1982 • Sky

The second break was quite the opposite of the first. It was not something I had hoped for or even known about; it was not an isolated event. In fact, it was the beginning of an ongoing relationship with the American Management Association (AMA) and, most important, it made me an author.

A coworker at the training company had been moonlighting for the AMA for years. He was involved in various projects and had agreed to write a series of six little books. I stress the word “little” because each one was fifty-to-sixty pages long and measured four-by-seven inches. Currently, he told me, he was “extremely busy with other projects” and needed help. Would I write three of the books, under my own byline, of course? He would recommend me to the editor.

As usual, I was beset by doubts. Could I do this? When would I do it? How could I possibly make a three-month deadline when I would have to research and write these books on my own time? This was my pattern with every big challenge that came my way. I had a friend who used to say I had to go up in a pile of feathers for forty-eight hours before I took on any new project.

So, forty-eight hours later, I did some arithmetic. There were three books of and three months in which to research and write them. That meant I would have to write one book a month or from twelve to fifteen pages a week. That didn’t sound unachievable at all. The books, intended for young people who were just entering the working world, were on meetings, resumes, and professional image. They were small but mighty in my mind. If I could write a feature article, I reasoned, I could write a little book. And if I could write a little book, I could write a bigger book. It all came down to having a process. By the time I completed my first assignment, I had figured out the process and established a small foothold with AMA.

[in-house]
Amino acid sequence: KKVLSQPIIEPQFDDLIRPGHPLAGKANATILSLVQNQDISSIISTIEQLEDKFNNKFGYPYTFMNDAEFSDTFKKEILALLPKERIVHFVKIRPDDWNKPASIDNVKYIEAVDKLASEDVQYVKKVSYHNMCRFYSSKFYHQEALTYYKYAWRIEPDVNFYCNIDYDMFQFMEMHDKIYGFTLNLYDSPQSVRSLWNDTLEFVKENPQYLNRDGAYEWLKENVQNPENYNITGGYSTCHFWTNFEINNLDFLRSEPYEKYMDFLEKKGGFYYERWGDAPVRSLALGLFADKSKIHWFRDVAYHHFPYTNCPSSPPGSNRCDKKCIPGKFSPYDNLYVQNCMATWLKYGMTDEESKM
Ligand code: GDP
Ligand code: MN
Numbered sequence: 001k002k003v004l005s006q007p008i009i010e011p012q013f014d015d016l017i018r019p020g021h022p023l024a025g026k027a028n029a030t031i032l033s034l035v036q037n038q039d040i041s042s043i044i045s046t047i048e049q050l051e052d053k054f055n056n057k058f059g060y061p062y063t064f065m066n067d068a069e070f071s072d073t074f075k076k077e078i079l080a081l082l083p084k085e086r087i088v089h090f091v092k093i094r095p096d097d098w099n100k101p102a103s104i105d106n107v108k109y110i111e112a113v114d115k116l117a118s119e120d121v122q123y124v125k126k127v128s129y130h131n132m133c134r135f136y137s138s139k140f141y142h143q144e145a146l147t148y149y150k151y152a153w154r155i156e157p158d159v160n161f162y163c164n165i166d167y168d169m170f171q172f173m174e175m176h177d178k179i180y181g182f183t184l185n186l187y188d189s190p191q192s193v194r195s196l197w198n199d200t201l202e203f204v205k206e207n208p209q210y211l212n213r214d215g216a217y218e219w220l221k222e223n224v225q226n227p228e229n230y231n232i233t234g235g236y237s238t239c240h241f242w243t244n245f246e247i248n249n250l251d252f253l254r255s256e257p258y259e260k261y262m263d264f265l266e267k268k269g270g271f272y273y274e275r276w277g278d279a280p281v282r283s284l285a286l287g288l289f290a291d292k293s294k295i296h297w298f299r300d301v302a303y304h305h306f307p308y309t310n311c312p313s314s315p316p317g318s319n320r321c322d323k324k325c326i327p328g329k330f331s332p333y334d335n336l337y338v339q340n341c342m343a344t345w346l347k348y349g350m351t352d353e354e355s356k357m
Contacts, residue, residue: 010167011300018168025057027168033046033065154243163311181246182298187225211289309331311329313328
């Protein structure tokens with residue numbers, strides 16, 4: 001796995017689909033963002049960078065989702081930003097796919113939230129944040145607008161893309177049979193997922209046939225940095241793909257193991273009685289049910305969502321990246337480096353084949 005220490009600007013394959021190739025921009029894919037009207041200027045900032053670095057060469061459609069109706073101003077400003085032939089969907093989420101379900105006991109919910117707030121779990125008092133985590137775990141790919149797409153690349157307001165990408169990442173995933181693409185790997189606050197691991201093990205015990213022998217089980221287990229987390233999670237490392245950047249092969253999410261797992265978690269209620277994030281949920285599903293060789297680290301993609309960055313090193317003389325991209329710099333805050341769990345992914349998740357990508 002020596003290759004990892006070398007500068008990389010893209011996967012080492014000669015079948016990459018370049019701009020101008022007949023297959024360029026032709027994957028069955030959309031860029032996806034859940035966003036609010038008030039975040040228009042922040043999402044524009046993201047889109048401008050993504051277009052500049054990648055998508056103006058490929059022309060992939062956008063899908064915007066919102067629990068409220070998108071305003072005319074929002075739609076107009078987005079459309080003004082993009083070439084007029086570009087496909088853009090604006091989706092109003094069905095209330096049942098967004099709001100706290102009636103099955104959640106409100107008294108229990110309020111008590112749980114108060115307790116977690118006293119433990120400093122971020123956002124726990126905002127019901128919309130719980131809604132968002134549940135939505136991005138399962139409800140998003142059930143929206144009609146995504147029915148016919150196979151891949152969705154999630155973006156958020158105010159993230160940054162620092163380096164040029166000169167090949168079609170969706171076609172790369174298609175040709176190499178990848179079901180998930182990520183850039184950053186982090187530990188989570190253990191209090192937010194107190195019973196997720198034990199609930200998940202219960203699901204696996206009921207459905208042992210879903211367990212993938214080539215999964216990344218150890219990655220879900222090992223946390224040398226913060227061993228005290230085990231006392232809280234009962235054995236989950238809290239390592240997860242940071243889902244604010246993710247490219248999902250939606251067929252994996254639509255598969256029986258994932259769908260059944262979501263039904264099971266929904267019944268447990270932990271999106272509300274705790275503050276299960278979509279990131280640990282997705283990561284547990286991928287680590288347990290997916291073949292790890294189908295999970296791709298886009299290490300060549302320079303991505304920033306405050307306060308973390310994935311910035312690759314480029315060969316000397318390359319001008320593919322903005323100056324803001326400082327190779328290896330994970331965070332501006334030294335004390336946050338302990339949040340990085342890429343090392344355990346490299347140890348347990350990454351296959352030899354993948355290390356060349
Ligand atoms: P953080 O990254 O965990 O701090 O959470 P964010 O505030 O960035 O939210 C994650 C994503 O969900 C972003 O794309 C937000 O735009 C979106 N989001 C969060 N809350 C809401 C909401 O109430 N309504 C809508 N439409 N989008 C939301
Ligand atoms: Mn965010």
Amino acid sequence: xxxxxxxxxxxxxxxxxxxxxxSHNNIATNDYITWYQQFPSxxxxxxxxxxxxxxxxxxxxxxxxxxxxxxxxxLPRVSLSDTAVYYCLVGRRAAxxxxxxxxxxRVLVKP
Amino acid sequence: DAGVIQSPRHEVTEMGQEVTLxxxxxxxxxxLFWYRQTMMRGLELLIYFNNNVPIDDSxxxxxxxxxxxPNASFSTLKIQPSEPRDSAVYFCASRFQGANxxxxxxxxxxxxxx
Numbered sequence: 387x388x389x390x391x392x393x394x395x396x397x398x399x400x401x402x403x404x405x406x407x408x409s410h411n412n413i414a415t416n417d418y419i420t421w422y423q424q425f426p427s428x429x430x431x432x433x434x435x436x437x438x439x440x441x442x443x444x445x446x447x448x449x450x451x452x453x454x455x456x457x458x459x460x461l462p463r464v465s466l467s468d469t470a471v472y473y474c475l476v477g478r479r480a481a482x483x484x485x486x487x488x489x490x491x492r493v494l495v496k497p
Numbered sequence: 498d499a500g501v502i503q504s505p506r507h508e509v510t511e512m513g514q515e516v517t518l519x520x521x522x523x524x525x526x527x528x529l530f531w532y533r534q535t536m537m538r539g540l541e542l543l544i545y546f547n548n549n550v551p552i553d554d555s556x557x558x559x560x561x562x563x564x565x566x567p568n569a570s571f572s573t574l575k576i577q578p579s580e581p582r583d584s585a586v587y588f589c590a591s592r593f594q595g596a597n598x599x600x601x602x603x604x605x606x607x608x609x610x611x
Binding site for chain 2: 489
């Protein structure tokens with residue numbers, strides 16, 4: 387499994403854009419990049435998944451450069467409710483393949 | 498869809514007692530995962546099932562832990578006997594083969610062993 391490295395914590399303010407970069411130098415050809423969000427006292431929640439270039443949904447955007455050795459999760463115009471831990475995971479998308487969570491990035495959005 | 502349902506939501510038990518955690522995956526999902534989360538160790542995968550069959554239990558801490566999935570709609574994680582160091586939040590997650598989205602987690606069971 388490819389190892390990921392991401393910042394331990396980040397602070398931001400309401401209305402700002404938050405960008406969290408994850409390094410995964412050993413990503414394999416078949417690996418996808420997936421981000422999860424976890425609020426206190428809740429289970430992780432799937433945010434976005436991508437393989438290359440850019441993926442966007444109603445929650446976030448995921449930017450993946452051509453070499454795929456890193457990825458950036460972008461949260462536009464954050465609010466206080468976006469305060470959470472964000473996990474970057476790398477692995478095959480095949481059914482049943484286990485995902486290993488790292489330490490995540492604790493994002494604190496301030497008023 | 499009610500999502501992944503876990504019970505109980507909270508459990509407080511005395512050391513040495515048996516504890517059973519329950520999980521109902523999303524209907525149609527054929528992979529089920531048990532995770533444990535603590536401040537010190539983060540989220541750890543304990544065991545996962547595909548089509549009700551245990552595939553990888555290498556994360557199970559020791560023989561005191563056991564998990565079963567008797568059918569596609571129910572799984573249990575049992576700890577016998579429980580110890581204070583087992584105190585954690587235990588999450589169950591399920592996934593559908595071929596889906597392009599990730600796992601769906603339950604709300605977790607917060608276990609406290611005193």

The next thing that happened was comical. A man named John called from New York and said, “I’m an editor with AMA’s Extension Division. I just read your book on meetings, and I love it!” Was he kidding? How could anyone love a 50-page book on meetings? John wanted me to come to New York to meet with him. On my list of pipe dreams, meeting with an editor in New York held the top spot.

Back to the subject of luck. My employer, who wouldn’t even send me to a lunch meeting of a local trade organization, sent me to New York for a week. The reason was a training conference where I would have a chance to meet and schmooze with editors of national training and human resources magazines. This had never happened in the company’s history, but once again, the stars aligned. There I was, in New York, having lunch with John, who was proposing that I write a self-study manual on How to Plan and Run Productive Meetings. I had never written or even read a self-study manual, but I said, “Sure, I can do that” (secretly allowing for my 48-hour meltdown once I was back home).

The difference between a little book for eighteen-to-twenty-two-year-olds and a serious textbook for adults already working in the business world was profound—so profound, in fact, I couldn’t even allow myself to think about it. The book finished had 193 pages filled with information about every aspect of meetings, instructional programming, charts, checklists, a bibliography, additional readings, a practice case, and two exams.